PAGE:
Thousands of teachers are marching the streets of North Carolina’s capital Wednesday, in a showdown over wages and funding priorities for public school classrooms.
Both Buncombe County and Asheville City Schools made the decision last week to close for an optional teacher work day so that teachers could attend the rally.
In a showing of solidarity, educators who were unable to make the trip to Raleigh held their own satellite march in Asheville.
Teachers, families and supporters gathered at 10 a.m. at the Block to make signs and organize.
Attendees will walk to Vance Monument downtown where several people will speak.
Previous strikes, walkouts and protests in West Virginia, Arizona, Kentucky, Colorado and Oklahoma have led legislators in each state to improve pay, benefits or overall school funding.
Wednesday's rally in North Carolina prompted three-dozen school districts that educate more than two-thirds of the state's 1.5 million public school students to cancel class.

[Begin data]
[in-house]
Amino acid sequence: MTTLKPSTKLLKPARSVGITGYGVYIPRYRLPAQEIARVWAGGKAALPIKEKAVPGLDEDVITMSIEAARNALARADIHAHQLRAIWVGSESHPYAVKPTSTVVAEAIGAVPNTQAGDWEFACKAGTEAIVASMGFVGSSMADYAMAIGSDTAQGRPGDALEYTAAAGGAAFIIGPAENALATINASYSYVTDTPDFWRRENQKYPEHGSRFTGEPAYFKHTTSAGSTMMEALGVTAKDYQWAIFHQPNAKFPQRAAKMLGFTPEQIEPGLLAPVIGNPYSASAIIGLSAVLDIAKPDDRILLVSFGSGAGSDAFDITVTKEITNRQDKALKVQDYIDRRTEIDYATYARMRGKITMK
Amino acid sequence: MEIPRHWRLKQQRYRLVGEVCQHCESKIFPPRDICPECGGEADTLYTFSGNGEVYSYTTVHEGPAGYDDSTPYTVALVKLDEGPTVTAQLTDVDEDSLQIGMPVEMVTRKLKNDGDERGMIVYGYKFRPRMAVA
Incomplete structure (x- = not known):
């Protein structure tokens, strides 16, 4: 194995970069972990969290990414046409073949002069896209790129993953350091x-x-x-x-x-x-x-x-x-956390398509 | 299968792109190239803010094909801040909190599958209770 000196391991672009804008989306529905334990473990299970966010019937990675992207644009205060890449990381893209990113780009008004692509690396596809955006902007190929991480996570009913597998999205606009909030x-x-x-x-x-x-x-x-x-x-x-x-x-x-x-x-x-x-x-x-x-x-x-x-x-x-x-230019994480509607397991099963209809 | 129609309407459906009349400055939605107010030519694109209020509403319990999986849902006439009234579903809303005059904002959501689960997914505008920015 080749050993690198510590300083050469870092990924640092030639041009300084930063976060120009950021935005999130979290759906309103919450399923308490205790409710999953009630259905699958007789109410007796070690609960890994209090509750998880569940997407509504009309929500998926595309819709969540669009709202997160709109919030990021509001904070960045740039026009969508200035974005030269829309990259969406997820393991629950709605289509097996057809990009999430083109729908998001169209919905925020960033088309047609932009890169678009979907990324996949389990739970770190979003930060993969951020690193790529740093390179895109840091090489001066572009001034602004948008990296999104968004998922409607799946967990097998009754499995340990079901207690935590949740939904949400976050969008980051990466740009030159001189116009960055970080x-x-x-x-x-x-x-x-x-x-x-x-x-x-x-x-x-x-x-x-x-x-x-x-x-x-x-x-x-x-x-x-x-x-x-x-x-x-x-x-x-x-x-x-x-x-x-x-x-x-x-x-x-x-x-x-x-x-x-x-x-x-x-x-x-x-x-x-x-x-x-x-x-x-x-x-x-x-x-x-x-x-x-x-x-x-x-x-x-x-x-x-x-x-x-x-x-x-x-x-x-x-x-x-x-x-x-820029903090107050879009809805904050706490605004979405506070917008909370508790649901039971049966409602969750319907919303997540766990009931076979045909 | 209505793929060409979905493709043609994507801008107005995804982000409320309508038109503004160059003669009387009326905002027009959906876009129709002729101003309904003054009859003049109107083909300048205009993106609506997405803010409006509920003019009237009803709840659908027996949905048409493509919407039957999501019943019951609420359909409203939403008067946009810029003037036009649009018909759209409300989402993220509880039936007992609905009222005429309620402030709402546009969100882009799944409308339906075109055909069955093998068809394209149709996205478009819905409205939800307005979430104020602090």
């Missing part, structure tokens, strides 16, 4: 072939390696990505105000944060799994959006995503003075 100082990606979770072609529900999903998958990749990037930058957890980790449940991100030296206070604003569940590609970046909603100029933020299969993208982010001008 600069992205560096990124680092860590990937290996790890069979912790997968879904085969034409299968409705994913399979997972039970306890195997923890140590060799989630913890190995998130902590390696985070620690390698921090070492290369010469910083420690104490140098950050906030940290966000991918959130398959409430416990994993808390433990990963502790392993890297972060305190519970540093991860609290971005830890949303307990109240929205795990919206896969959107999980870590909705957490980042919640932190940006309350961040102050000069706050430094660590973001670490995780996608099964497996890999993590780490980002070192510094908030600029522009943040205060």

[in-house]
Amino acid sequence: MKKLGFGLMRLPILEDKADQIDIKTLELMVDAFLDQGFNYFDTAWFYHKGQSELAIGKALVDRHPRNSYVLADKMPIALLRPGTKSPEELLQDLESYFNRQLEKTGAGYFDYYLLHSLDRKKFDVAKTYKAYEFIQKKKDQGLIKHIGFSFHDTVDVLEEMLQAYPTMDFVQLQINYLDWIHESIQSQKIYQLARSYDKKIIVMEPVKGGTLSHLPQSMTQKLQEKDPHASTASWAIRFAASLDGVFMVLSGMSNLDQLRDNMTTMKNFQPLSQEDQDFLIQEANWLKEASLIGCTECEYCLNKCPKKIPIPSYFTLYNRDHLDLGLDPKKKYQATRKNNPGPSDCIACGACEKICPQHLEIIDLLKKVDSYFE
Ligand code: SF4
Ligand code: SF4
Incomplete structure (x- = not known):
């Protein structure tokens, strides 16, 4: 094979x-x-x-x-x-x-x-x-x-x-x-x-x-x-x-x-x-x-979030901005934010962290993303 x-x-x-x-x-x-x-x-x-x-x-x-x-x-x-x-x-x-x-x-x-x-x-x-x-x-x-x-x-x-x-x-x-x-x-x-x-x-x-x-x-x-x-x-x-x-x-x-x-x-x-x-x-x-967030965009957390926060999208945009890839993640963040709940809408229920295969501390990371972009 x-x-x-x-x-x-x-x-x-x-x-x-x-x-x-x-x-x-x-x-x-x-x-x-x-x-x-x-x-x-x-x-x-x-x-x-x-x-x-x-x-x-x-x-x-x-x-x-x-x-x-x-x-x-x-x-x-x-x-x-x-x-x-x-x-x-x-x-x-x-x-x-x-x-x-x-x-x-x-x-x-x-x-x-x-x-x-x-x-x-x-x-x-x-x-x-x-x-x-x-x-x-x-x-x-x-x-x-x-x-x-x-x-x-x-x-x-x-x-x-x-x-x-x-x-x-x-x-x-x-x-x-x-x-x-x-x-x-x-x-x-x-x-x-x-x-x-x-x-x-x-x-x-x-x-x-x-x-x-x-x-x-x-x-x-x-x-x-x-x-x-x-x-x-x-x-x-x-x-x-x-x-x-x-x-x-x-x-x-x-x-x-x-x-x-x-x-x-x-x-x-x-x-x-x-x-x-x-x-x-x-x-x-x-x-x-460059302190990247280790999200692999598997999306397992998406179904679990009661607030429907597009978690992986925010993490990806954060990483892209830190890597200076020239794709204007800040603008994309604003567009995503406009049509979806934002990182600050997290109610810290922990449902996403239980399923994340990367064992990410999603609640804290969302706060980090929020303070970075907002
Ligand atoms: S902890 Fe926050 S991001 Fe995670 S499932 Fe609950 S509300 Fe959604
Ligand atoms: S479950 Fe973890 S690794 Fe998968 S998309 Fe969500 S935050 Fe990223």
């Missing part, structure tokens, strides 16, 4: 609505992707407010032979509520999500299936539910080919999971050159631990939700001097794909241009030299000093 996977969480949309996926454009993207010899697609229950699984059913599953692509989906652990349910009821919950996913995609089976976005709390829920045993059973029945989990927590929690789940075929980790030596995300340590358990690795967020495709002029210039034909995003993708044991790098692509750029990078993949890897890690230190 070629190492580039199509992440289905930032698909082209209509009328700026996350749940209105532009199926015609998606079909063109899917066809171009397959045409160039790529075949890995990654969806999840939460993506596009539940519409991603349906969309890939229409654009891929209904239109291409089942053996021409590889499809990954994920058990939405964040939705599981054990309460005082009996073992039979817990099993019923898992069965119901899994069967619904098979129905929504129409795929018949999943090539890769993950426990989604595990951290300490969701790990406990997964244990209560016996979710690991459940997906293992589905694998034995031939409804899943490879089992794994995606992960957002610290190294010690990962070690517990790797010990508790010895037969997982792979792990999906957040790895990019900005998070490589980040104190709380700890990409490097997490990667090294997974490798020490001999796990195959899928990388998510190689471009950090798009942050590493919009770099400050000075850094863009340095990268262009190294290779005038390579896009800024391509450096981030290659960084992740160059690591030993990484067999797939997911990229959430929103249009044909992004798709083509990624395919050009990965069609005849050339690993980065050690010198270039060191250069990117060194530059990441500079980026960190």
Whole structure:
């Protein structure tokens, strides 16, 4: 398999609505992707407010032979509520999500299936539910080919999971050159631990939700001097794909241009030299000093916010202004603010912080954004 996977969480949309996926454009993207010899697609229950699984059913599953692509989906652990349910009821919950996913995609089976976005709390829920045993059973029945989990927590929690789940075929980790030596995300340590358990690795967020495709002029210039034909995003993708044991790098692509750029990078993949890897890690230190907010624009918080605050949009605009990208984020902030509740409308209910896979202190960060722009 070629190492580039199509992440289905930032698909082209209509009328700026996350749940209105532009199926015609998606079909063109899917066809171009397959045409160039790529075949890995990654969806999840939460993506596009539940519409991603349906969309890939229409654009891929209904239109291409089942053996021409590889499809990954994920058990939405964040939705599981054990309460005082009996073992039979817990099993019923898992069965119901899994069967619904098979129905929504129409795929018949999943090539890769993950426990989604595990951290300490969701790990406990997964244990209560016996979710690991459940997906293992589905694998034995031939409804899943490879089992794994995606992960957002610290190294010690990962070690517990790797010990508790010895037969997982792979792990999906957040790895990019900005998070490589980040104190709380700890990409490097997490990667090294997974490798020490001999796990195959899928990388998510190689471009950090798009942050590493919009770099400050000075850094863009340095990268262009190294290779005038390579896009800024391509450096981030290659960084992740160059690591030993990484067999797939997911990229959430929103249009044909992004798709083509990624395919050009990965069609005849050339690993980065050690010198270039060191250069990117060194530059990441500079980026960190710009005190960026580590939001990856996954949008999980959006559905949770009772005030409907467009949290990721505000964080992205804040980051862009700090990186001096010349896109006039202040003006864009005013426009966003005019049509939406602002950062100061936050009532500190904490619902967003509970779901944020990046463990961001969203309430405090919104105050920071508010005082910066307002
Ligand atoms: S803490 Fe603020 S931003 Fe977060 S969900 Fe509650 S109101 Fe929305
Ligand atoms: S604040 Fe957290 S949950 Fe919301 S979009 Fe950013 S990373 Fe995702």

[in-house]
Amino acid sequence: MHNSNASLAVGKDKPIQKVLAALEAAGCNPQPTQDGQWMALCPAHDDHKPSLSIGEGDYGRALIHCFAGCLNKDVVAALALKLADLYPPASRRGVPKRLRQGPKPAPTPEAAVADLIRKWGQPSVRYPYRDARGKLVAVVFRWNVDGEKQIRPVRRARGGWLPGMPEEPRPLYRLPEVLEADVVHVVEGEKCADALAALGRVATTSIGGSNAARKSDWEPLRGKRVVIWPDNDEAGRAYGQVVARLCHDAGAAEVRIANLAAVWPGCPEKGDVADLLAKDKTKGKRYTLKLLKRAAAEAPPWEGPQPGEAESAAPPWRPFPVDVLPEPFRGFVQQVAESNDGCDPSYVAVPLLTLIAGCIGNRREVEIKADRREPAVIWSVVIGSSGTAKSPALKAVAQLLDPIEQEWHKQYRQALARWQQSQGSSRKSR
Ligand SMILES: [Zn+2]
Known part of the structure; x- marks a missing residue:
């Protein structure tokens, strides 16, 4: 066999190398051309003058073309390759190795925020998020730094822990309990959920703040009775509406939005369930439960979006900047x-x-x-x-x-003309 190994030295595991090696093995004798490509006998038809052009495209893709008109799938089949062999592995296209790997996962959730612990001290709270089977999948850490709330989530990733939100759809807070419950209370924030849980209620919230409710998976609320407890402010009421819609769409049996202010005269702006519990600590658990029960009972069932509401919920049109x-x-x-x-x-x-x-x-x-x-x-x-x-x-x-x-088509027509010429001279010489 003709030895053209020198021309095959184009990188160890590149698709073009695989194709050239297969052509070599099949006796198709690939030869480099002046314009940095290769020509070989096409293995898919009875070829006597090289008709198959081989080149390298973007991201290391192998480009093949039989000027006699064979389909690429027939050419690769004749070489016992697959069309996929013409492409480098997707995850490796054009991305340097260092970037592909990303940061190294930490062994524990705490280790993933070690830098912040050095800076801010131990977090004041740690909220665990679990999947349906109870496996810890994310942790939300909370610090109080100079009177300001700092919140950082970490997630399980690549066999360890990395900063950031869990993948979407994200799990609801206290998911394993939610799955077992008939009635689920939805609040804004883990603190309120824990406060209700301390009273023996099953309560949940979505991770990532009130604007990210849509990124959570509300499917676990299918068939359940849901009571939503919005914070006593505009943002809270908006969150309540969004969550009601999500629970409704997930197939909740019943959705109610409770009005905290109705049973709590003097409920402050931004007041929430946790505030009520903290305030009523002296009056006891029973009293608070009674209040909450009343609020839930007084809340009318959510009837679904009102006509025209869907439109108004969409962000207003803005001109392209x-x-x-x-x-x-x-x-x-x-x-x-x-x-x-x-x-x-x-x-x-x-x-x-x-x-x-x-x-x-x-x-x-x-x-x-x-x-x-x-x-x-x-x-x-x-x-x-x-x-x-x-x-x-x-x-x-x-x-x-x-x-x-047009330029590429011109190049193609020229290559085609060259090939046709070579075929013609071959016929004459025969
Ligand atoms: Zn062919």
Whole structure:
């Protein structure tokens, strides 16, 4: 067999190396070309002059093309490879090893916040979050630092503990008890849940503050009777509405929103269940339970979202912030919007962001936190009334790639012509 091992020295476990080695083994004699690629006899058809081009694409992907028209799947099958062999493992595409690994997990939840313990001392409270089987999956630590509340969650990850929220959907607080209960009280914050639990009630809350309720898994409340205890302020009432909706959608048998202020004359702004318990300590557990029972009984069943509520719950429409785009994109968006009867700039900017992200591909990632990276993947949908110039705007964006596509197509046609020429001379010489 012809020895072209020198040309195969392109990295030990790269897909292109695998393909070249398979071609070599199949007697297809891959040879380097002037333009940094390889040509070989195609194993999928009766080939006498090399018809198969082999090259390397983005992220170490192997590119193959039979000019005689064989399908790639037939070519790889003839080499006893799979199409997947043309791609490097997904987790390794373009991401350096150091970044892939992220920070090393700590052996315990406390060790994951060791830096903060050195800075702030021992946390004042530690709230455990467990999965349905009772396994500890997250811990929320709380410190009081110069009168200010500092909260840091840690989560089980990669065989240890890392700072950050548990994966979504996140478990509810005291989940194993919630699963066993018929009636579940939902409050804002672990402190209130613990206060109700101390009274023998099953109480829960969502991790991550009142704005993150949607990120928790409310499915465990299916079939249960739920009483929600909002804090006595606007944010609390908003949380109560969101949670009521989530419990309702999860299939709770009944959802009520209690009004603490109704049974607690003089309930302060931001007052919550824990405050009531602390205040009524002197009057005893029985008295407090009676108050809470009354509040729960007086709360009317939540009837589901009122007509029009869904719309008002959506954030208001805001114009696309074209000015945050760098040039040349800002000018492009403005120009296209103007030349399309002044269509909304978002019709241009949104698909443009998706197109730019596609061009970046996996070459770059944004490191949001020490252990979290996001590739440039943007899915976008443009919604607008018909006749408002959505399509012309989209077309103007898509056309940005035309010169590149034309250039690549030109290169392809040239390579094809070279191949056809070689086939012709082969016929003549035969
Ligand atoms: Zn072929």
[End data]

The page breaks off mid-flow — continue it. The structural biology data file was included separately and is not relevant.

The teachers' group favors a proposal by Democratic Gov. Roy Cooper to raise salaries by stopping planned tax cuts on corporations and high-income households.
However, state Senate leader Phil Berger and House Speaker Tim Moore, both Republicans, have made clear they have no plans to funnel more money to classrooms by postponing January's planned tax cuts, including one for what is already one of the country's lowest corporate income taxes.
North Carolina teachers earn an average salary of about $50,000, ranking them 39th in the country last year, the National Education Association reported last month. Their pay increased by 4.2 percent over the previous year — the second-biggest increase in the country — and was estimated to rise an average 1.8 percent this year, the NEA said. But the union points out that that still represents a 9.4 percent slide in real income since 2009 due to inflation.
News 13 has a crew at Pack Square Park and will have much more on this march tonight.